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Hearing loss is very individual. That’s why a specialized exam is necessary to determine the degree of loss you may have. The typical test for hearing loss consists of listening to a range of tones presented to each ear through earphones. Your perceived loudness levels of these tones — as measured in decibels (dB) — are recorded on a graph called an audiogram. Perhaps surprisingly, hearing isn’t described as an overall “percentage of loss,” but as the inability to hear a range of different frequencies. That's why any two people with hearing loss will have very different experiences and needs. "Frequency" is an important measurement in hearing, quantifying the pitch of sounds from very low (like thunder) to very high (like a squeak or whistle). People often experience hearing loss at different frequencies — so even when people listen to a range of sounds at exactly the same volume, they hear them quite differently, or may not be able to hear some of them at all. In order to determine the degree of a person’s hearing loss, a hearing care professional can perform threshold testing to determine the lowest dB level at which you can hear a tone in a particular frequency range. Your response to these different frequencies becomes your personal hearing diagnosis. There are four general degrees of hearing loss on an audiogram: Mild (26 – 40 dB HL threshold)  With mild hearing loss, it’s difficult to hear soft speech or distinguish sounds when there is background noise, putting these listeners at a disadvantage in many everyday social and working situations. Moderate (41 – 70 dB HL threshold)  Moderate hearing loss makes it difficult to hear conversations, especially when there is background noise. The TV or radio volume may need to be turned up to be heard clearly. Following conversations takes more effort and may leave you feeling especially tired at the end of the day. Severe (71 – 90 dB HL threshold) With severe hearing loss, normal conversations are not audible. Even louder than normal speech may be difficult to hear or understand. People with severe hearing loss are only able to hear speech when it is amplified — by shouting, turning up the volume, or with the assistance of high-power hearing aids. Social isolation can be a real  concern for this population. Profound (91 dB HL or higher threshold) People with profound hearing loss may have difficulty understanding even amplified speech. They may avoid conversations and become extremely isolated in both personal and professional situations. This can be devastating if unaddressed. If you have concerns about your own hearing loss, or that of a loved one, you should consider a hearing check-up and evaluation. There are modern hearing aid solutions available for mild to severe to profound hearing losses. These solutions are powerful, discreet and filled with technology that delivers clear, natural sound, while automatically suppressing the background noise that interferes with speech understanding. There's no need to suffer in silence and isolation. Today, advanced and innovative technology can meet a wide variety of challenges that may accompany hearing loss. We can put your mind at ease and help you find a hearing solution  that best fits your hearing loss and lifestyle by conducting a hearing test to pinpoint the degree and characteristics of your own hearing loss....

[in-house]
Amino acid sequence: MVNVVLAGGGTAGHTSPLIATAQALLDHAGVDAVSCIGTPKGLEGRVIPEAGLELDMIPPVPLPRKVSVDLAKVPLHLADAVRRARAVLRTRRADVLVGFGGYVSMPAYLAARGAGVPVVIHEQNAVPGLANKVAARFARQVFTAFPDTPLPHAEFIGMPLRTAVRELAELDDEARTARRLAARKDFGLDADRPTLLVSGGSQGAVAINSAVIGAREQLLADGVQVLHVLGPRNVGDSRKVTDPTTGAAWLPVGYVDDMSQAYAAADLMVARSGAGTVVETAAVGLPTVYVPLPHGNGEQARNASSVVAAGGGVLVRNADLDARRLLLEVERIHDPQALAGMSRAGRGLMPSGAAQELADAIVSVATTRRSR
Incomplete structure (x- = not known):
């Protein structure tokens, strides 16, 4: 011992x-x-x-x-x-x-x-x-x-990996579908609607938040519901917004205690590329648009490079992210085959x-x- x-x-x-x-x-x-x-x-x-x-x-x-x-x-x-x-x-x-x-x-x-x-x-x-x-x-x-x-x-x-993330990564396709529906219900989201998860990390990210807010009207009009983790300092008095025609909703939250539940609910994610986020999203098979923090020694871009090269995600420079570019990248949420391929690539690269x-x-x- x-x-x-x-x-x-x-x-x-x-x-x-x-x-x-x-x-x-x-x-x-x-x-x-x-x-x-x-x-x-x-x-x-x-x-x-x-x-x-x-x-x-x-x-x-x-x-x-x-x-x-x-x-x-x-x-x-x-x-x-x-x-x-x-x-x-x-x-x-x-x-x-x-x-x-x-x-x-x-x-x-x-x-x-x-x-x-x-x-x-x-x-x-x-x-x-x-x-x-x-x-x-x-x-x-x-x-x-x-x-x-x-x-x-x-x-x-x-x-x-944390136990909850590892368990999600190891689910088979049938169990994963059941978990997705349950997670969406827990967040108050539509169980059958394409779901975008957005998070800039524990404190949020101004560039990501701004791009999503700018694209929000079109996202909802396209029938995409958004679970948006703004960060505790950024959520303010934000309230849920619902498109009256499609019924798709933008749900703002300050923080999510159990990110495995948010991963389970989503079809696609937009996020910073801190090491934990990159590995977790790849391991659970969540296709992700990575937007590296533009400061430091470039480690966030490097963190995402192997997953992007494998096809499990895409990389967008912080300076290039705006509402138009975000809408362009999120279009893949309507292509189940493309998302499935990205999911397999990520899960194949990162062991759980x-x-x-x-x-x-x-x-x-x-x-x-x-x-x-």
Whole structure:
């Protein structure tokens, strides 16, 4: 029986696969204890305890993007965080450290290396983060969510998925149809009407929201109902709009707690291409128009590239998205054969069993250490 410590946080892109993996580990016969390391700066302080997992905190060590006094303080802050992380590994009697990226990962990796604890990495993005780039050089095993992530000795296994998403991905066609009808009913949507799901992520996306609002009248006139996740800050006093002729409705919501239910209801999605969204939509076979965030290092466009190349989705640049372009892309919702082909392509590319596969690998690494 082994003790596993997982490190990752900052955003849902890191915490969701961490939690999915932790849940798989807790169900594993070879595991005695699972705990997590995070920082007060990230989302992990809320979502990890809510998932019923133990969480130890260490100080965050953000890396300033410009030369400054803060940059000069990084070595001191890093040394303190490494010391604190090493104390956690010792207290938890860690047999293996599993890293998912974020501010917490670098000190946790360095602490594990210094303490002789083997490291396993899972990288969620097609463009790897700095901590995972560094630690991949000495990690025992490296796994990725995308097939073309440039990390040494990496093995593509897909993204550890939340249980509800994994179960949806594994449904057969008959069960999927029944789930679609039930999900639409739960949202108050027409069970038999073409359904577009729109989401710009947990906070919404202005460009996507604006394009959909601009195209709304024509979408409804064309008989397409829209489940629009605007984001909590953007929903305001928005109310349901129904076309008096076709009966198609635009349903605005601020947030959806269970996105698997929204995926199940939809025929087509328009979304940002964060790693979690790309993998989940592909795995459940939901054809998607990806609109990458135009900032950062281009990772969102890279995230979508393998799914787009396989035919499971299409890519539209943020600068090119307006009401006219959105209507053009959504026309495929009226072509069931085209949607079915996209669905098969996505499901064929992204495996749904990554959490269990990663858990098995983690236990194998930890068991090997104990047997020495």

Hearing loss doesn't only happen late in life. While it is true that more than 1 in 3 Americans over the age of 65 have some hearing loss1 it can occur at any age and for a number of reasons. Specialists diagnose hearing loss using the following categories: Conductive hearing loss results from disorders in the outer or middle ear. Sounds can’t reach the inner ear, so they sound faint and/or distorted. Common causes for conductive hearing loss may include wax build-up, infection, fluid in the middle ear, foreign objects in the ear canal, or a perforated eardrum. Medical procedures can usually treat conductive loss successfully and provide complete or partial hearing restoration. Sensorineural hearing loss happens when damage occurs to the tiny, hair-like cells of the inner ear that send signals to the brain, or if there is damage to the auditory nerve itself. With this type of loss, sounds do not seem clear. Because the tiny, hair-like cells within the cochlea naturally diminish over time, this is the most common type of hearing loss associated with aging (more on this below). However, sensorineural hearing loss may also result from injury, exposure to loud noises, certain medications and a variety of diseases. Regardless of the cause, sensorineural hearing loss can often be successfully treated with hearing aids. In addition, specialists further categorize this type of hearing loss by how rapidly it occurs: Sudden sensorineural hearing loss, or sudden deafness, is a rapid loss of hearing. It can happen almost instantaneously, or over a period of a few days. It should be considered a medical emergency. If you or someone you know experiences this kind of hearing loss, visit a doctor immediately. Presbycusis, or age-related hearing loss, happens gradually as a person ages. It may run in families and may be caused by changes in the inner ear and auditory nerve. Presbycusis may make it hard for a person to tolerate loud sounds or to hear what others are saying. Age-related hearing loss usually occurs in both ears, and affects them equally. The loss is gradual, so people with presbycusis may not realize that they have lost some of their ability to hear. Unrecognized and untreated hearing problems can get worse and lead to complications, like cognitive challenges in aging patients2. That's why, if you or a loved one experience any kind of hearing loss, we can provide testing, evaluation, and the proper treatment for your kind of loss. REFERENCES: 1. National Institute on Deafness and Other Communication Disorders (NIDCD) website, https://www.nidcd.nih.gov/health/age-related-hearing-loss 2. Frank R. Lin, MD, PhD; Kristine Yaffe, MD; Jin Xia, MS; et al. Hearing loss and cognitive decline in older adults. JAMA Intern Med. 2013;173(4):293-299. doi:10.1001/jamainternmed.2013.1868 ...